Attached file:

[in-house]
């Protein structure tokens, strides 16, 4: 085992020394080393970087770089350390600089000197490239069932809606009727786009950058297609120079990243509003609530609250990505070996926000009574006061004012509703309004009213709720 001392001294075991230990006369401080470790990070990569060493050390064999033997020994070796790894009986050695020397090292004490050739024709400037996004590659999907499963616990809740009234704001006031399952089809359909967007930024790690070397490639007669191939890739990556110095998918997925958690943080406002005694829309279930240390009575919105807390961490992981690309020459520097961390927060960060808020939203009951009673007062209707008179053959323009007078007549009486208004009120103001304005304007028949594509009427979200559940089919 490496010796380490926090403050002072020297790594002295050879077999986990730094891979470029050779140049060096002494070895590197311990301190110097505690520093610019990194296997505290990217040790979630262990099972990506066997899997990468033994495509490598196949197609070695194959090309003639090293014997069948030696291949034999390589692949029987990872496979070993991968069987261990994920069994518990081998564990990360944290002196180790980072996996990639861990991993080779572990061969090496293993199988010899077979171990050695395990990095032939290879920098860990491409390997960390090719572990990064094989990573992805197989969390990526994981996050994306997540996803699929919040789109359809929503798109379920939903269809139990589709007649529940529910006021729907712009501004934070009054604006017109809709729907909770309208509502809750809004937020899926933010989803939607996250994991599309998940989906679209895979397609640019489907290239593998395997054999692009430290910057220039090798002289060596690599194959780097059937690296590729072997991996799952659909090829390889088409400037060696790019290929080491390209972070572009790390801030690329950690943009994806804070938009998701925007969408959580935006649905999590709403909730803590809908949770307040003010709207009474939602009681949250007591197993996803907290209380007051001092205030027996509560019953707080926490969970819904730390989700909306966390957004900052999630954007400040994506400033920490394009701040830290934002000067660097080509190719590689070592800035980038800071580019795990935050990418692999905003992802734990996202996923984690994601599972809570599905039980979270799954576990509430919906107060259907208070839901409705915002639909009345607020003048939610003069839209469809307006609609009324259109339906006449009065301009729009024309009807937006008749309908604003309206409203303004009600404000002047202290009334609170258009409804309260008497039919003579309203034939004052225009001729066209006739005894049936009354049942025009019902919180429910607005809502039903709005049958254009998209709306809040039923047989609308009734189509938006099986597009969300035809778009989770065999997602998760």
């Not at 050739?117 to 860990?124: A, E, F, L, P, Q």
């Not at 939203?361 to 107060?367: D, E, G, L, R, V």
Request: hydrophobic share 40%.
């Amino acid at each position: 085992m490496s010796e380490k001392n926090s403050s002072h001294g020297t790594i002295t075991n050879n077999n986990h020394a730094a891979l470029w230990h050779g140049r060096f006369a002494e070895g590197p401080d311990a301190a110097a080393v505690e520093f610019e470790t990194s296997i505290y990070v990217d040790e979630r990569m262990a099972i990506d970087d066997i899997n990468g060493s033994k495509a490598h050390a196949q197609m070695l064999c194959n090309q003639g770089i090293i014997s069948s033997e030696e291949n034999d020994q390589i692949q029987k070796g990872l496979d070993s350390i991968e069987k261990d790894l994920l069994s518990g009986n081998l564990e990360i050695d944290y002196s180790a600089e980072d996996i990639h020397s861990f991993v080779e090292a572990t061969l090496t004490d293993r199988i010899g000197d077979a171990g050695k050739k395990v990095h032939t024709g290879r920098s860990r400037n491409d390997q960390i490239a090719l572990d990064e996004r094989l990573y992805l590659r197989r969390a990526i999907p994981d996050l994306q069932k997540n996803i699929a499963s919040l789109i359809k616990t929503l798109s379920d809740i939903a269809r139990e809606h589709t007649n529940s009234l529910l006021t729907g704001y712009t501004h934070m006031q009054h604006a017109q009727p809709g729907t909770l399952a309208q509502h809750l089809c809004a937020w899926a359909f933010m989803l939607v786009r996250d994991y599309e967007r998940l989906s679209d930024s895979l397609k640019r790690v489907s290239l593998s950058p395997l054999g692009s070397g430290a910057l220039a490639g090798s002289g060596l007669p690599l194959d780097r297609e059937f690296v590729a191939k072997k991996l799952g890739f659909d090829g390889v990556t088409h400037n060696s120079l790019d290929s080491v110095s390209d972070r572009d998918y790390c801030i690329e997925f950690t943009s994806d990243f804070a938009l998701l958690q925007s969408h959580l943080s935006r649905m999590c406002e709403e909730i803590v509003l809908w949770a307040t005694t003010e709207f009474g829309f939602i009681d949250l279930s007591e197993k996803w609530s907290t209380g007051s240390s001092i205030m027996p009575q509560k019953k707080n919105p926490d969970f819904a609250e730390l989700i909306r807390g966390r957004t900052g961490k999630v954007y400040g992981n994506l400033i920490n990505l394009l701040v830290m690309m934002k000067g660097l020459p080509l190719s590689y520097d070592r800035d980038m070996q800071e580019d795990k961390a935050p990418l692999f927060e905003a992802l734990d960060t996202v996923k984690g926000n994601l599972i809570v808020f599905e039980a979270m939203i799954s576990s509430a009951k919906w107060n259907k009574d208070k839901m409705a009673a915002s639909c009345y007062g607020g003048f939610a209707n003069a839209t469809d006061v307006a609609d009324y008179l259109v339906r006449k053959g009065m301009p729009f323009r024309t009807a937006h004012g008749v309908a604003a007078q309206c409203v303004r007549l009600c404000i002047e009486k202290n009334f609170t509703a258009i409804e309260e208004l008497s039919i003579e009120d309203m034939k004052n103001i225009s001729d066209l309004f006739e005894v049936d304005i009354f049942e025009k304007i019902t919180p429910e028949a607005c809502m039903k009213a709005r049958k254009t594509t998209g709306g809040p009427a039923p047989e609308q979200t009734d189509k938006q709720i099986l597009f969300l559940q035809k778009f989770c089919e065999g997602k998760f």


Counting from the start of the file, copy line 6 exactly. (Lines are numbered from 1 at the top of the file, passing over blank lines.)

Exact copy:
């Amino acid at each position: 085992m490496s010796e380490k001392n926090s403050s002072h001294g020297t790594i002295t075991n050879n077999n986990h020394a730094a891979l470029w230990h050779g140049r060096f006369a002494e070895g590197p401080d311990a301190a110097a080393v505690e520093f610019e470790t990194s296997i505290y990070v990217d040790e979630r990569m262990a099972i990506d970087d066997i899997n990468g060493s033994k495509a490598h050390a196949q197609m070695l064999c194959n090309q003639g770089i090293i014997s069948s033997e030696e291949n034999d020994q390589i692949q029987k070796g990872l496979d070993s350390i991968e069987k261990d790894l994920l069994s518990g009986n081998l564990e990360i050695d944290y002196s180790a600089e980072d996996i990639h020397s861990f991993v080779e090292a572990t061969l090496t004490d293993r199988i010899g000197d077979a171990g050695k050739k395990v990095h032939t024709g290879r920098s860990r400037n491409d390997q960390i490239a090719l572990d990064e996004r094989l990573y992805l590659r197989r969390a990526i999907p994981d996050l994306q069932k997540n996803i699929a499963s919040l789109i359809k616990t929503l798109s379920d809740i939903a269809r139990e809606h589709t007649n529940s009234l529910l006021t729907g704001y712009t501004h934070m006031q009054h604006a017109q009727p809709g729907t909770l399952a309208q509502h809750l089809c809004a937020w899926a359909f933010m989803l939607v786009r996250d994991y599309e967007r998940l989906s679209d930024s895979l397609k640019r790690v489907s290239l593998s950058p395997l054999g692009s070397g430290a910057l220039a490639g090798s002289g060596l007669p690599l194959d780097r297609e059937f690296v590729a191939k072997k991996l799952g890739f659909d090829g390889v990556t088409h400037n060696s120079l790019d290929s080491v110095s390209d972070r572009d998918y790390c801030i690329e997925f950690t943009s994806d990243f804070a938009l998701l958690q925007s969408h959580l943080s935006r649905m999590c406002e709403e909730i803590v509003l809908w949770a307040t005694t003010e709207f009474g829309f939602i009681d949250l279930s007591e197993k996803w609530s907290t209380g007051s240390s001092i205030m027996p009575q509560k019953k707080n919105p926490d969970f819904a609250e730390l989700i909306r807390g966390r957004t900052g961490k999630v954007y400040g992981n994506l400033i920490n990505l394009l701040v830290m690309m934002k000067g660097l020459p080509l190719s590689y520097d070592r800035d980038m070996q800071e580019d795990k961390a935050p990418l692999f927060e905003a992802l734990d960060t996202v996923k984690g926000n994601l599972i809570v808020f599905e039980a979270m939203i799954s576990s509430a009951k919906w107060n259907k009574d208070k839901m409705a009673a915002s639909c009345y007062g607020g003048f939610a209707n003069a839209t469809d006061v307006a609609d009324y008179l259109v339906r006449k053959g009065m301009p729009f323009r024309t009807a937006h004012g008749v309908a604003a007078q309206c409203v303004r007549l009600c404000i002047e009486k202290n009334f609170t509703a258009i409804e309260e208004l008497s039919i003579e009120d309203m034939k004052n103001i225009s001729d066209l309004f006739e005894v049936d304005i009354f049942e025009k304007i019902t919180p429910e028949a607005c809502m039903k009213a709005r049958k254009t594509t998209g709306g809040p009427a039923p047989e609308q979200t009734d189509k938006q709720i099986l597009f969300l559940q035809k778009f989770c089919e065999g997602k998760f």